Ctrl-Shift-8 Toggle visibility of non-printing chars (paragraph marks, etc.)
      Alt-F9 Toggle visibility of field codes (bookmarks, etc.)
         
      Ctrl-L Left Justify
      Ctrl-R Right Justify
      Ctrl-E Center
      Ctrl-J Justify (right and left both)
      Ctrl-M/Ctrl-Shift-M Indent/Undent
      Ctrl-T/Ctrl-Shift-T Hanging Indent/Undent
         
      Ctrl-Alt-P Page Layout view
      Ctrl-Alt-N Normal view
      Ctrl-Alt-O Outline view
         
      Ctrl-A, F9 Update Table of Contents (actually all fields)
      Ctrl-Shift-F9 Unlink all fields
         
      Ctrl-[ Decrease font size
      Ctrl-] Increase font size
         
      Ctrl-Wheel Zoom in/out

      This list is far from complete.  Please feel free to mail me your favorite shortcuts.  I'll add to this list as time permits.  Contributors so far include:
                  Stephen Lafredo
                  Ricky Pifer
                  Tom Stluka

      For a better explanation of many of these keys, see:  http://www.mvps.org/word/FAQs/General/Shortcuts.htm.

      For a more complete list (including lots that I won't bother to list here because they are too rarely needed) see the Word on-line help:  Help | Index | Keys | Shortcut Keys    or Microsoft Knowledgebase article Q157935.

      To find out what key, if any, is mapped to a specific function, use the Word menu:   Tools | Customize... and then click the Keyboard... button at the bottom of the dialog box.  This pops up another dialog box in which you can select a function, see what key(s) are assigned to it, and add your own key assignments.  This is also the easiest way to see what function, if any, is mapped to a specific key.

      To produce a a Word document containing a table of all Word commands and the keys assigned to them, use the Word menu:   Tools | Macro | Macros... and then type ListCommands in the Macro name box, and click Run.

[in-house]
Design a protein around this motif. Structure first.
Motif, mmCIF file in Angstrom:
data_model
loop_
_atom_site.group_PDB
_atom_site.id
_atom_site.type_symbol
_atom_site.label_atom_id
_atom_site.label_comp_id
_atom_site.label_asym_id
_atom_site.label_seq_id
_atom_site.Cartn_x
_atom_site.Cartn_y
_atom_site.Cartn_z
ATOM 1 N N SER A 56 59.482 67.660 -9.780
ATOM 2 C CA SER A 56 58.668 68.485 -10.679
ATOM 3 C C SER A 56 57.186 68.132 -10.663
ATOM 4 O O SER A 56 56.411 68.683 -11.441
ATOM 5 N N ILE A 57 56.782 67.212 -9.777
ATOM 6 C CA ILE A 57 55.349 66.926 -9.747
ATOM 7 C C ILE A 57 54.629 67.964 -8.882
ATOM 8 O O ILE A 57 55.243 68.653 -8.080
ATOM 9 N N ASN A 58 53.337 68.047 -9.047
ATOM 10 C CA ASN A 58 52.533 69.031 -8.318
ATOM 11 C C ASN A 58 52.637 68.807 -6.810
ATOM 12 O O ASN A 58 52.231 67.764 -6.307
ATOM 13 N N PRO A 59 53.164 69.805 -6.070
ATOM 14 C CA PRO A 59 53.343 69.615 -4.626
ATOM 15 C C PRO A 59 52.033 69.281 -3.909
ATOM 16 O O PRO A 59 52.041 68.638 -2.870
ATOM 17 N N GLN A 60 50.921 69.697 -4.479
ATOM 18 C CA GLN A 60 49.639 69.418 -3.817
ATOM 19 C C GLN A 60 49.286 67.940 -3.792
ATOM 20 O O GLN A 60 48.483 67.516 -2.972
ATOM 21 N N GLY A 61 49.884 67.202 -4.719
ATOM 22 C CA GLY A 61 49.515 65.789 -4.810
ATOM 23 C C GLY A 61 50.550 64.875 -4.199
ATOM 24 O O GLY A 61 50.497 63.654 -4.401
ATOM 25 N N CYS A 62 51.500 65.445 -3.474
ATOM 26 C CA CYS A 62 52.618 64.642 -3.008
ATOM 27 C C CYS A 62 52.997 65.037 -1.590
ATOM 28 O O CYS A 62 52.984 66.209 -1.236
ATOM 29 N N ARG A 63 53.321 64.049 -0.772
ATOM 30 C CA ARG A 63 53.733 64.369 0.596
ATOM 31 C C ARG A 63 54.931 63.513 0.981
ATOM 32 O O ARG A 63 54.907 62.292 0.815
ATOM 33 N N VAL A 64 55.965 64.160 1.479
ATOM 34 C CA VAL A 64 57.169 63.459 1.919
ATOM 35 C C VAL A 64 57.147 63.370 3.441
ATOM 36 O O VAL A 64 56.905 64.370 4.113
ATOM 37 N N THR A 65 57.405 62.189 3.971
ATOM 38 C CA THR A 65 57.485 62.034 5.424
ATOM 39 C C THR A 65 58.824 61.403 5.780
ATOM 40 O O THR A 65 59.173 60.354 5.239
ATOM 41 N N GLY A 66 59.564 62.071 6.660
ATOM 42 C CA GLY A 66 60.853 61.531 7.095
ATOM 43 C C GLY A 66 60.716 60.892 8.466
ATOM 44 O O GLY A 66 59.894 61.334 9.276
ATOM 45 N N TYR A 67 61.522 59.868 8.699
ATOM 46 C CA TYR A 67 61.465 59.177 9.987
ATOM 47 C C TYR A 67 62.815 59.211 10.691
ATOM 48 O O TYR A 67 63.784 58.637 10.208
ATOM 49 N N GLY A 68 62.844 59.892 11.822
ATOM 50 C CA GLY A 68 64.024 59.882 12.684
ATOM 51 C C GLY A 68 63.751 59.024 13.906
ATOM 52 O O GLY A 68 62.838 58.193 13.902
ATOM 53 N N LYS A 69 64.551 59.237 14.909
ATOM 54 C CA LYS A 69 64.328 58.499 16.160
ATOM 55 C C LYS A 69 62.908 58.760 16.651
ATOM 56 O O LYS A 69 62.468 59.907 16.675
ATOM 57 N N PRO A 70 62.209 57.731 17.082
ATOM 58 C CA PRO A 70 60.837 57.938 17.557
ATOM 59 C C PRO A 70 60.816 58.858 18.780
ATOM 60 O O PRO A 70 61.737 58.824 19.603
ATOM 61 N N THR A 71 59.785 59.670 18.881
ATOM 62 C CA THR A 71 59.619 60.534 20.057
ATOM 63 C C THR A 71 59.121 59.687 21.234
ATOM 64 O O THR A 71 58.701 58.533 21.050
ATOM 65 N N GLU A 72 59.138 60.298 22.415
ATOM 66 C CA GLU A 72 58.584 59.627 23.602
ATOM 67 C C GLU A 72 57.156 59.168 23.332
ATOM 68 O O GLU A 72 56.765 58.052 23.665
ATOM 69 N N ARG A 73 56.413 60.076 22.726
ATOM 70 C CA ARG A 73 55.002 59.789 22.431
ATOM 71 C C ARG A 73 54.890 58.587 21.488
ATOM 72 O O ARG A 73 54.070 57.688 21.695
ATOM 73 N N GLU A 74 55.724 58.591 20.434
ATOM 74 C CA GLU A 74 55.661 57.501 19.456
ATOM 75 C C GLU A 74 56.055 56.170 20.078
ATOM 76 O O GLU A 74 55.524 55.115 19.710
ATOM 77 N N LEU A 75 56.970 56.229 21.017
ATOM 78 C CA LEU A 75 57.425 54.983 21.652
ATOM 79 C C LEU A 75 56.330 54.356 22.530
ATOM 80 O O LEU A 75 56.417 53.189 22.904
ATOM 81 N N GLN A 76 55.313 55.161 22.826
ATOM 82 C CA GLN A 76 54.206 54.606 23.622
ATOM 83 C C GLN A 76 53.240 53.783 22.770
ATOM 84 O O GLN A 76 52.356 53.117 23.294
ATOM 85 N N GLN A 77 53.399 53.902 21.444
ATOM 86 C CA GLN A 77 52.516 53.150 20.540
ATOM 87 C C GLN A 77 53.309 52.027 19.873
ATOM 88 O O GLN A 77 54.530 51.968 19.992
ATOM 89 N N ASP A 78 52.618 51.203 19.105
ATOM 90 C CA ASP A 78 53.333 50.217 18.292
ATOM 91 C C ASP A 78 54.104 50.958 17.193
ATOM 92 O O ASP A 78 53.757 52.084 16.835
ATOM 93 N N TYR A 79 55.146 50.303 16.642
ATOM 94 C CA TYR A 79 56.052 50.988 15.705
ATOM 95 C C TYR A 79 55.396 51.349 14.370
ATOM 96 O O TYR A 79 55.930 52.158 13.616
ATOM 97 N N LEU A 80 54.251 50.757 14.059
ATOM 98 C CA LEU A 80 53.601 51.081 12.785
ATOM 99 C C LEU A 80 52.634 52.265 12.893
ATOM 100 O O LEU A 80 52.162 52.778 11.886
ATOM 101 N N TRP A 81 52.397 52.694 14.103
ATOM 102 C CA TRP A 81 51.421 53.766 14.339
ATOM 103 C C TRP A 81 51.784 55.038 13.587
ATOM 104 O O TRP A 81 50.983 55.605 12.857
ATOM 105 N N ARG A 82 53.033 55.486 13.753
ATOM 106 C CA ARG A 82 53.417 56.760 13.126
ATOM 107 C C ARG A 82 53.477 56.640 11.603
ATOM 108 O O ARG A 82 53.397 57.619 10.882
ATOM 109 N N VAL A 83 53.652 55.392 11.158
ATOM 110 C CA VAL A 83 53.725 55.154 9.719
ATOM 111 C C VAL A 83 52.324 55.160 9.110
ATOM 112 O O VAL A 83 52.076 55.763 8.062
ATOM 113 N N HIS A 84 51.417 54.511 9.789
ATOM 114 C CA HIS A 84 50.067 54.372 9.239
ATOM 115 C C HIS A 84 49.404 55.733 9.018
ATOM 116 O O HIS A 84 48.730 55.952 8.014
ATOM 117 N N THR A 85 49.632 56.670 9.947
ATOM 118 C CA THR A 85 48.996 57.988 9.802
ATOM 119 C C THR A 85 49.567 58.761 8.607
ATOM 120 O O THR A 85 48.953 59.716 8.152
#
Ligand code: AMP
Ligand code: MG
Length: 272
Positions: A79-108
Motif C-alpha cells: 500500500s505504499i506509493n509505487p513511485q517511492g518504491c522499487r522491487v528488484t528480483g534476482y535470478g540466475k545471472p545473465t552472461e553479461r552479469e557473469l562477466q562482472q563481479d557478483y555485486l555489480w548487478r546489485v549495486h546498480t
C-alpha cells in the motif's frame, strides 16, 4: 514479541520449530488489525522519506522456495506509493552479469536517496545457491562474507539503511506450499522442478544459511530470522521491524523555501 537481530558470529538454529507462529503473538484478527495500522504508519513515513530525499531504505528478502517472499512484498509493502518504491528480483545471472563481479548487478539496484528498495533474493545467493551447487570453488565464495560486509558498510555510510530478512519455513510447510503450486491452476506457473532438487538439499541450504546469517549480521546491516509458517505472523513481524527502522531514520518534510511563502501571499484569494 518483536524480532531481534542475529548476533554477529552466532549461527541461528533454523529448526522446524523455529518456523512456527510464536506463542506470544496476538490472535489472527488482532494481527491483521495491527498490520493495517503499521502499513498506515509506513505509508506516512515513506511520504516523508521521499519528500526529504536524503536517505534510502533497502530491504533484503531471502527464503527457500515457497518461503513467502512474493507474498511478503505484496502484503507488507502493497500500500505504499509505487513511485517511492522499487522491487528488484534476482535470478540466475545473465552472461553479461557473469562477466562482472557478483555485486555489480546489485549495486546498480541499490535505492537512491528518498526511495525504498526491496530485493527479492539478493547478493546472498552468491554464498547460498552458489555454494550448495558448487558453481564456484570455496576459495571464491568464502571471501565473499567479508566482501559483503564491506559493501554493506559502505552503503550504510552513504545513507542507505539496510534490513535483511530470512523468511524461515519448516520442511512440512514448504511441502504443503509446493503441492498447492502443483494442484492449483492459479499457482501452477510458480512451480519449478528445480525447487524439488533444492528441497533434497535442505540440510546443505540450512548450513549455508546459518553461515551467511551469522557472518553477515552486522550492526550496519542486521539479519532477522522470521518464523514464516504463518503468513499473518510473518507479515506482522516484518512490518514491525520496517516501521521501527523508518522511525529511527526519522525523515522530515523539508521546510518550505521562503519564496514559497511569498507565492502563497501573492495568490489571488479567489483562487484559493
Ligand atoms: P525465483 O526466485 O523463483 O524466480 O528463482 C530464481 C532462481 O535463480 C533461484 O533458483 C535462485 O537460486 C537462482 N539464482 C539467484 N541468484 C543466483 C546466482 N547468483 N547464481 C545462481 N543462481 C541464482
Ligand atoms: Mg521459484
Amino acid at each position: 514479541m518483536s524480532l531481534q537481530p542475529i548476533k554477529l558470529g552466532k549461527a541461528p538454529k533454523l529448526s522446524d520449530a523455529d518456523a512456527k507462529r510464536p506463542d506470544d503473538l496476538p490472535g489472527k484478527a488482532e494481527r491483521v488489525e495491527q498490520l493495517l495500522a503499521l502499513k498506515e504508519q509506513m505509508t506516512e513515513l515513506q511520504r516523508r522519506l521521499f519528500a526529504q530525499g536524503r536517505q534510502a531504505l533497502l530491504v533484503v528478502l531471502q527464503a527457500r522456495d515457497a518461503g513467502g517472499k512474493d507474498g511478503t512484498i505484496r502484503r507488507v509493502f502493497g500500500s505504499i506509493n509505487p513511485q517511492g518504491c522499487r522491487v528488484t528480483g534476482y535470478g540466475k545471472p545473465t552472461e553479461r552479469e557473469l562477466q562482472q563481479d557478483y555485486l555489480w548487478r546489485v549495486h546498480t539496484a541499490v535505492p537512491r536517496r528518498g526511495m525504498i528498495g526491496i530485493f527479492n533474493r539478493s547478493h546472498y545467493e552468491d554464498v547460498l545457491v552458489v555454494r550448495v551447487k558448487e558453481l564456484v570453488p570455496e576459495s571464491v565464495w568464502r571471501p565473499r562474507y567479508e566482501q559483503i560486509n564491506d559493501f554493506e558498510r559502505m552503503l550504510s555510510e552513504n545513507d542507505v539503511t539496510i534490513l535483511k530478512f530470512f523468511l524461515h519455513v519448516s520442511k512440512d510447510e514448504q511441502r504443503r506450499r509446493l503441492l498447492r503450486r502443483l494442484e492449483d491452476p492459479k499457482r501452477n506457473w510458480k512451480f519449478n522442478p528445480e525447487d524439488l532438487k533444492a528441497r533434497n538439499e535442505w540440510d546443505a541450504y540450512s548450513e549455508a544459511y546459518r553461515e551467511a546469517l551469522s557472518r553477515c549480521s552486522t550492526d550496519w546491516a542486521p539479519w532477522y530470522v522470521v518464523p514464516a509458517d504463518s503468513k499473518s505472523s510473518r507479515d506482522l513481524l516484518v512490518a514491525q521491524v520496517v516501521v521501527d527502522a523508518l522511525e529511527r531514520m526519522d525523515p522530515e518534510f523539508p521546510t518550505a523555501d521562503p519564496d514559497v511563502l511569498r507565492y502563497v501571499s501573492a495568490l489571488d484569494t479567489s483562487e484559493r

To print a list of your current key assignments at a printer, use the above technique and then print the document, or use the Word menu:  File | Print... and then select Key assignments from the Print what dropdown list.

      --Fred

  3. Excel Tips

    1. Insert line break

      Last Updated: 3/12/2000
      Applies to: Excel 97

      Want to insert a line break in the text in a cell of an Excel spreadsheet?

      Hitting Enter doesn't work.  It moves you down one cell.   Hitting Shift-Enter (as you might do in Word, PowerPoint, Lotus Notes, FrontPage, etc.) doesn't work either.  It moves you up one cell.  To insert a line break in Excel, hit Alt-Enter.

      --Fred

    2. Freeze Panes

      Last Updated: 4/1/2000
      Applies to: Excel 97

      Want to keep those leftmost or topmost cells in view as you scroll to the right or bottom of your Excel spreadsheet? 

      Use the Freeze Panes command available through the Window menu.   It marks the cells to the left and top of the current cell as "frozen".   Scrolling right leaves the leftmost frozen cells on the screen.  Scrolling down leaves the topmost frozen cells on the screen. 

      Very useful if you put row and column headers in those cells.

      --Fred

    3. Select Multiple Regions

      Last Updated: 4/1/2000
      Applies to: Excel 97

      You can select multiple discontinuous blocks of cells by holding down Ctrl as you select with the mouse.

      Thanks to Tom Stluka for this tip!

      --Fred

    4. Absolute Cell Reference

      Last Updated: 3/22/2002
      Applies to: Excel 97+